Mr. Varnus expanded upon a practice he had begun years earlier of speaking to the audience from the stage, discussing the music and bringing a new dimension to his concerts. Xaver Varnus is credited with bringing the music of Bach to young people with an innovative and exciting style, although he often drew adverse criticism from some of his colleagues in the organ world and from those music critics who found his approach too flamboyant. His televised concert and lecture series started in 1992 at the Hungarian State Television, followed by the extraordinary Young People's Organ Concerts in 2002, that extended over six seasons. He is perhaps the most influential figure in Hungarian classical music in the first decade of the twenty first century. Organist, improvisor, author, lecturer, and often controversial media personality, Xaver Varnus had a dramatic impact on the popular audience's acceptance and appreciation of classical music. Over the course of his short career, Xaver Varnus played to more than six million people worldwide, recorded 51 albums, sixty concert films, and wrote five books. His videos hit 2 million views on YouTube. His 2007 Sony BMG released Four Times Platinum collection ("From Ravel to Vangelis") was the number one bestseller of organ recordings ever published.

Mr. Vanus received many honors, including the Great Merit Cross of the Republic of Hungary, the country's highest honor for the arts and sciences.

 

In 1981 Varnus left Hungary to study with the formidable Pierre Cochereau, the late organist of Notre-Dame Cathedral in Paris. He was making his North American debut on the 5" of May, 1989 to a three-thousand-strong audience the National Shrine of the Immaculate Conception Basilica in Washington, D.C. He played on virtually important organ in the world, including those in Bach’s Thomaskirche in Leipzig, and Saint-Eustache in Paris, Tchaikovsky Conservatory in Moscow, as well as the largest existing organ In the world in Philadelphia’s Wanamaker Grand Court. In October 2005, he played his concert to a sold-out house in the 4.000-seat Canterbury Cathedral in England. In 2006, to celebrate the 25" anniversary of his concert debut, he played a sold-out concert on the legendary Cavaillé-Coll organ in the Church of Saint-Sulpice in Paris. Saint-Sulpice is also one of the locations featured Dan Brown's novel The Da Vinci Code. In 2006, he played the inaugural concert of the Palace of Arts in Budapest, one of'the largest concert halls of Europe. Perhaps the most daring concert Xaver Varnus ever played was at the Budapest Great Synagogue, in 2002. Four hours before the concert even standing places could hardly be found in the church, and 7,200 people were sitting and standing to listen to the legendary improvisor’s fiendish virtuosity. One of the greatest European musical sensations of 2009 was the joint concert by the superb French jazz pianist Jacques Loussier and Xaver Varnus who played to an absolutely packed house at the Palace of Arts. Mr. Varnus expanded upon a practice he had begun years earlier of speaking to the audience from the stage, discussing the music and bringing a new dimension to his concerts. Xaver Varnus is credited with bringing the music of Bach to young people with an innovative and exciting style, although he often drew adverse criticism from some of his colleagues in the organ world and from those music critics who found his approach too flamboyant. His televised concert and lecture series started in 1992 at the Hungarian State Television, followed by the extraordinary Young People’s Organ Concerts in 2002, that extended over six seasons.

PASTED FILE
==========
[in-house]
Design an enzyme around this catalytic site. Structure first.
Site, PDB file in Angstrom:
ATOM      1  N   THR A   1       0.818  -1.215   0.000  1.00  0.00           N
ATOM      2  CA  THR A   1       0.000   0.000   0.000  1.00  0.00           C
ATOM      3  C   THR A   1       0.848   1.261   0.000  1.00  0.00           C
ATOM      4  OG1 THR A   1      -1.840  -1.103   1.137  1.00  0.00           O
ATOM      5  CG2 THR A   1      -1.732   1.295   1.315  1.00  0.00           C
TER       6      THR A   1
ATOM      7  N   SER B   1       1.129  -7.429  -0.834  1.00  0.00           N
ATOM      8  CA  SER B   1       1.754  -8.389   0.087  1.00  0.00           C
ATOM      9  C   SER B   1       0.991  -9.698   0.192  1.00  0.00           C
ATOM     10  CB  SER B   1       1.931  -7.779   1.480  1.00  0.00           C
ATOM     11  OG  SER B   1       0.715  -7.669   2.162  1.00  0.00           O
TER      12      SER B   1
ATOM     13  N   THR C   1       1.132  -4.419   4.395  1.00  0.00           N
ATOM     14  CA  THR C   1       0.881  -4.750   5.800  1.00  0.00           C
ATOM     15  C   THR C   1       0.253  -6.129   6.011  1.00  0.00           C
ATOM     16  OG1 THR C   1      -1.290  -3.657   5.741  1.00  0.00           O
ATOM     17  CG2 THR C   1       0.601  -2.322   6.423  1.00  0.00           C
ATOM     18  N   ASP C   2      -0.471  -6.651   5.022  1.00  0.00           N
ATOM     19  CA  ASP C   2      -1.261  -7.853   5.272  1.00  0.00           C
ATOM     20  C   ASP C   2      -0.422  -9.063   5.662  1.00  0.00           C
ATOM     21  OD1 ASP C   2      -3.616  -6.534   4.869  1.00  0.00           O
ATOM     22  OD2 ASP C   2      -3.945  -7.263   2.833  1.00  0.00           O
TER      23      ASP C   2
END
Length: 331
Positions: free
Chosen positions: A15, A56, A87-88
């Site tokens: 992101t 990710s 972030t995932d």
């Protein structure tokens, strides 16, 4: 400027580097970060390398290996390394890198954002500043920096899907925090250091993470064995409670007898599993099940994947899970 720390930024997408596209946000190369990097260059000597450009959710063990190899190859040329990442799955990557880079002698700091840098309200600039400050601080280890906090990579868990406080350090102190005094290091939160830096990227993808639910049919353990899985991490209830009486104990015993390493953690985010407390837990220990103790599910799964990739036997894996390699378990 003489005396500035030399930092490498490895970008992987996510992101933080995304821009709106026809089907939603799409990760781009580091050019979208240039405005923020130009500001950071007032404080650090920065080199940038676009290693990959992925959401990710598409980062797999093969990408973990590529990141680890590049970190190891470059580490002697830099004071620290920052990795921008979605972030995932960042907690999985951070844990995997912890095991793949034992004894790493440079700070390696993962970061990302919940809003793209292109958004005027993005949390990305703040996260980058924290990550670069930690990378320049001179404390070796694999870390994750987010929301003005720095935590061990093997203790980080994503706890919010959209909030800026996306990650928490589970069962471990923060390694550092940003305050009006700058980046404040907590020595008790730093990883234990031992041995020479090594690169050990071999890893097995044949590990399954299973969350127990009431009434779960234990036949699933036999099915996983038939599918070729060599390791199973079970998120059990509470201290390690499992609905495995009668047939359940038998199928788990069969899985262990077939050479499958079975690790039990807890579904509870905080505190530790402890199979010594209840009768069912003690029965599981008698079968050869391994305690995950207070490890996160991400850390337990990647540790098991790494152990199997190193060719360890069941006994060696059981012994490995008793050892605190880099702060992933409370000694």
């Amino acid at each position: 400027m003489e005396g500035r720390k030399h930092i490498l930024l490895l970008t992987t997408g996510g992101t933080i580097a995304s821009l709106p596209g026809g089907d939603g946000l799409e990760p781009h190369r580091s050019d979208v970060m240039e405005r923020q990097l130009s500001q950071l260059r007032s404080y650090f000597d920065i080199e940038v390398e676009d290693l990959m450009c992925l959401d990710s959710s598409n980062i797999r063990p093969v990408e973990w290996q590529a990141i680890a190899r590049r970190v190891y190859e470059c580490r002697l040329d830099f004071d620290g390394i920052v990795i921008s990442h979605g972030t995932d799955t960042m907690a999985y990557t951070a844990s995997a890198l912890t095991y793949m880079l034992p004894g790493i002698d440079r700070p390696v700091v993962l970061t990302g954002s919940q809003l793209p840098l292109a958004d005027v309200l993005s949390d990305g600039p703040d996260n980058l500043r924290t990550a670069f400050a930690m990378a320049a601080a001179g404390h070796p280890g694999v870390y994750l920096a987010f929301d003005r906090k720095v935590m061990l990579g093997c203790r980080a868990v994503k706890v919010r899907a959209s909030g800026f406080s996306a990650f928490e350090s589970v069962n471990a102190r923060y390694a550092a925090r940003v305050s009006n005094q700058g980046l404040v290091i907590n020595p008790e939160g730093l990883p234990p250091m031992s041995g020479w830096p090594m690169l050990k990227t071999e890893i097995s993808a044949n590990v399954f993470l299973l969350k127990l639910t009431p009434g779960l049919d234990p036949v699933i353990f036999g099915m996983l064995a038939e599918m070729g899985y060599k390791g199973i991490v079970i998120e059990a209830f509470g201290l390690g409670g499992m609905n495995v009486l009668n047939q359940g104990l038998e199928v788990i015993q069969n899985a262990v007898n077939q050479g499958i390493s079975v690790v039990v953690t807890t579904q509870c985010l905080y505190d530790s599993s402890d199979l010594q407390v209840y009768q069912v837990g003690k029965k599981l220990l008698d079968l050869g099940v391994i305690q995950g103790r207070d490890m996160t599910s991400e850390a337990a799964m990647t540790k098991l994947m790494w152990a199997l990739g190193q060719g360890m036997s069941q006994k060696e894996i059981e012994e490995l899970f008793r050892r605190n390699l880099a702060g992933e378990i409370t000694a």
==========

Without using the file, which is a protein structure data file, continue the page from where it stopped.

Interesting information:

Aristide Cavaillé-Coll (French: [aʁistid kavaje kɔl]; 4 February 1811 – 13 October 1899) was a French organ builder. He has the reputation of being the most distinguished organ builder of the 19th century. He pioneered innovations in the art and science of organ building that permeated throughout the profession and influenced the course of organ building and organ composing through the early 20th century. The organ reform movement sought to return organ building to a more Baroque style; but since the 1980s, Cavaillé-Coll's designs have come back into fashion. After Cavaillé-Coll's death, Charles Mutin maintained the business into the 20th century. Cavaillé-Coll was the author of many scientific journal articles and books on the organ in which he published the results of his researches and experiments. He was the inventor of several organ stops such as the flûte harmonique. His most famous organs in Paris are in Basilique du Sacré-Cœur, Basilique Sainte-Clotilde and Église de la Madeleine.

Église Saint-Sulpice / The Church of Saint-Sulpice is a Roman Catholic church in Paris, France, on the east side of Place Saint-Sulpice, in the Latin Quarter of the 6th arrondissement. It is only slightly smaller than Notre-Dame and thus the second largest church in the city. It is dedicated to Sulpitius the Pious.